What is Epigenetics?
Scientists until recently believed that our DNA determined our future. That thinking may be changing with the science of Epigenetics. This new field of science is the study of changes in our gene activity that do not involve changes to our DNA.
Our genes can be turned on or turned off by a type of "marker" called the epigenome. It sits on top of the genome, just outside it.
Researchers are discovering that our “markers” or epigenomes on our DNA determine whether our genes are expressed – for good traits or negative traits. In other words, our markers can turn on and off our genes. These markers can be influenced by environmental factors such as our diet, exercise, stress and chemicals in the environment.
Why Is It Important?
Think of our DNA as the hard drive and our markers as the software that tells the hard drive (our DNA) what to do. If the software (the markers) are influenced to express good genes, then we will be healthier. If the software (the markers) are influenced to express genes negatively, then we are more prone to health problems.
That means that we have control over whether our good genes are activated or our bad genes are activated! With the right diet, exercise and control of the stress in our lives, we can ensure that our good genes are turned on and the bad ones turned off!
The science of Epigenetics gets even more interesting. Studies are showing that young people that go through poor environmental influences, can set their markers to not only express their own genes negatively, but can also influence their future children’s markers as well.
Dr. Lars Olov Bygren, a preventive-health specialist who is now at the prestigious Karolinska Institute in Stockholm, and other scientists have now found historical evidence suggesting that powerful environmental conditions (near death from starvation, as an example) can somehow leave an imprint on the genetic material in eggs and sperm.
Scientists are learning to develop drugs that manipulate our epigenomes or markers to express our genes for the better. We can also positively influence our epigenomes with a healthy diet and exercise. We can further help our genetic expression by refraining from smoking and eliminating our exposure to harmful chemicals.
Remember that none of this gene expression actually changes our DNA. Our DNA is only being influenced by environmental factors. This may be the answer to nature vs. the environment. We may be born with “good” or “bad” genes, but we are able to influence whether these genes are turned on or turned off by the choices that we make in our diet, exercise and stress levels.
Genetic Markers Passed On
An interesting study occurred with a group of pregnant women in the Netherlands. They were living under terrible conditions due to a hard winter and a food embargo. Because of that food was scarce. They gave birth to small babies. When their children grew up, even though the children were in much more prosperous conditions, the children’s offspring were also small.
The theory was that the effects of poor nutrition were carried through to their grandchildren. Scientists now know that this effect was because of changes to epigenetic markers on their DNA. The changes in the markers were caused by a deficiency of crucial molecules in the diets of the Dutch women.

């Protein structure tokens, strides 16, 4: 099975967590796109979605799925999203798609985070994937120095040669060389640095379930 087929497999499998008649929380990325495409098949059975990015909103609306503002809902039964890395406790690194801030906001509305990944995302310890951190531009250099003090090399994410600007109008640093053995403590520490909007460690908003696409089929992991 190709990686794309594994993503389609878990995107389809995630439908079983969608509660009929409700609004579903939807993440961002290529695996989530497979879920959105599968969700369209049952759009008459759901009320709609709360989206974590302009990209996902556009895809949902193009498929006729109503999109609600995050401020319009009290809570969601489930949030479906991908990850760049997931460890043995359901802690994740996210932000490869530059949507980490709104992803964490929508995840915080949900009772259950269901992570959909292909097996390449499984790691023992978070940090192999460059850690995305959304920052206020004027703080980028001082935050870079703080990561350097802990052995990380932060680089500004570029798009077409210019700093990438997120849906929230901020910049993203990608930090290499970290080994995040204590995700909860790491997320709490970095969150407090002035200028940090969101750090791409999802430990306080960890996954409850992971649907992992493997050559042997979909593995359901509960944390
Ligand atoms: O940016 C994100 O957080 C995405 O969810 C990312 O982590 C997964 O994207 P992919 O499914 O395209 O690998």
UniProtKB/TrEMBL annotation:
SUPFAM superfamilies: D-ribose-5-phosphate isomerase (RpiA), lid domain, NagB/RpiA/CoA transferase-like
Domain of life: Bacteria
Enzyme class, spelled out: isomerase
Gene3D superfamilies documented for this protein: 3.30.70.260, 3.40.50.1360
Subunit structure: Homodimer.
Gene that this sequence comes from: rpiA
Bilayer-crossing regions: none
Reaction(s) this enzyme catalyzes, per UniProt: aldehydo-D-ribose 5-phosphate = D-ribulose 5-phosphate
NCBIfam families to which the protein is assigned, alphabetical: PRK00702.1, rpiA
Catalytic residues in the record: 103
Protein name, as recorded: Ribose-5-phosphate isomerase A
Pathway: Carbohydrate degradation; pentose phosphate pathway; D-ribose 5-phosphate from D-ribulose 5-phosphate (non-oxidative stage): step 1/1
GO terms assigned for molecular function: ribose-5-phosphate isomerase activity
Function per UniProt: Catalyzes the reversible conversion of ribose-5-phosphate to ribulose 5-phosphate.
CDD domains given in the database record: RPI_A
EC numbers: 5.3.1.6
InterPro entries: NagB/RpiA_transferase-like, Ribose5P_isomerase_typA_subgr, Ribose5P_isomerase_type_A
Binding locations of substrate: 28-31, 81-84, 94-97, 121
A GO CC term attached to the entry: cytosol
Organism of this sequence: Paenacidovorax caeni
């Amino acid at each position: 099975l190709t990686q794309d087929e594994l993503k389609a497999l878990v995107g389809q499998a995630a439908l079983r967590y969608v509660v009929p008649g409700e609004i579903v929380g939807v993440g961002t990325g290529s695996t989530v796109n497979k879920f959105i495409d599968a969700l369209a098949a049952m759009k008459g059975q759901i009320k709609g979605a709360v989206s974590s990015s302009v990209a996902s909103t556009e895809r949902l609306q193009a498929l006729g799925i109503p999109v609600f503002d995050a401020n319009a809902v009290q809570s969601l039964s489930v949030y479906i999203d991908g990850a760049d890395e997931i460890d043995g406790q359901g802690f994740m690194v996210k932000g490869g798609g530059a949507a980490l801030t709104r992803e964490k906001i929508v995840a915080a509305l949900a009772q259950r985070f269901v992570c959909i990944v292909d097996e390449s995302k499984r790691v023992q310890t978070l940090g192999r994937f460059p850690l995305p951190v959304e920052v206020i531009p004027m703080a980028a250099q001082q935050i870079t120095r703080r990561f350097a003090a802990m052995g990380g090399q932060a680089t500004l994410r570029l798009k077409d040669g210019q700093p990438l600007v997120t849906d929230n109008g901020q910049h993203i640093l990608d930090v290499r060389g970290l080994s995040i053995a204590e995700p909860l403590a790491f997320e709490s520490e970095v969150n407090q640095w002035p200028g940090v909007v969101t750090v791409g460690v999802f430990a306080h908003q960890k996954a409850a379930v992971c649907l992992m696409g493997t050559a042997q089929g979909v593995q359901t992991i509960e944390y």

Methylation and Epigenetics
Researchers have found that it takes only the addition of a methyl group to change an epigenome or marker. A methyl group is a basic unit in organic chemistry: one carbon atom attached to three hydrogen atoms. When a methyl group attaches to a specific spot on a gene — a process called DNA methylation — it can change the gene's expression, or in other words, turn the gene off or on.
If we remove our methyl groups or don't replenish them, we leave our genes unprotected and good genes can be turned off.
Each time a cell divides, new methyl groups are put onto newly copied DNA. This maintains the correct patterns of methylation. This process requires a constant supply of new methyl groups. This supply can be provided from our food, particularly from methionine, betaine and choline. We can also make methyl groups from precursor chemicals such as folic acid.
Other molecules are needed to move the methyl groups within the body and attach them to our DNA. An example is vitamin B-12 and zinc. Studies on rats and people have shown that if we are deficient in these molecules, it can have an effect on the levels of DNA methylation in the body.
Dr. Stanislaw Burnzynski, the famed cancer doctor, has been conducting research in the area of epigenetics and says that a lack of sleep or a poor diet can turn off cancer protecting genes.
Royal Jelly Switches On Good Genes
Dr. Burnzynski's research on the effects of royal jelly (from bees) on the expression of our genes is very interesting. He has found that royal jelly has the capacity to turn on our good genes because it contains molecular switches that turn on the good genes. Dr. Burnzynski also says that royal jelly has the ability to turn on our telomeres. Long telomeres are believed to increase our lifespan.
Dr. Burnzynski's Recommendations
Dr. Burnzynski says that there are a number of things that we can do to keep our good genes turned on and the unhealthy genes turned off:
Epigenetics: What We Can Do
The bottom line is that a good diet with minimal toxins and exercise can cause our DNA markers to turn on and off the genes that keep us healthy and youthful. Adequate amounts of methionine, betaine, choline, zinc, royal jelly and B vitamins may be crucial to the methylation process. This may be as close as we can get to the fountain of youth for now.
Stay tuned for more information on epigenetics as it becomes available in this exciting area of research!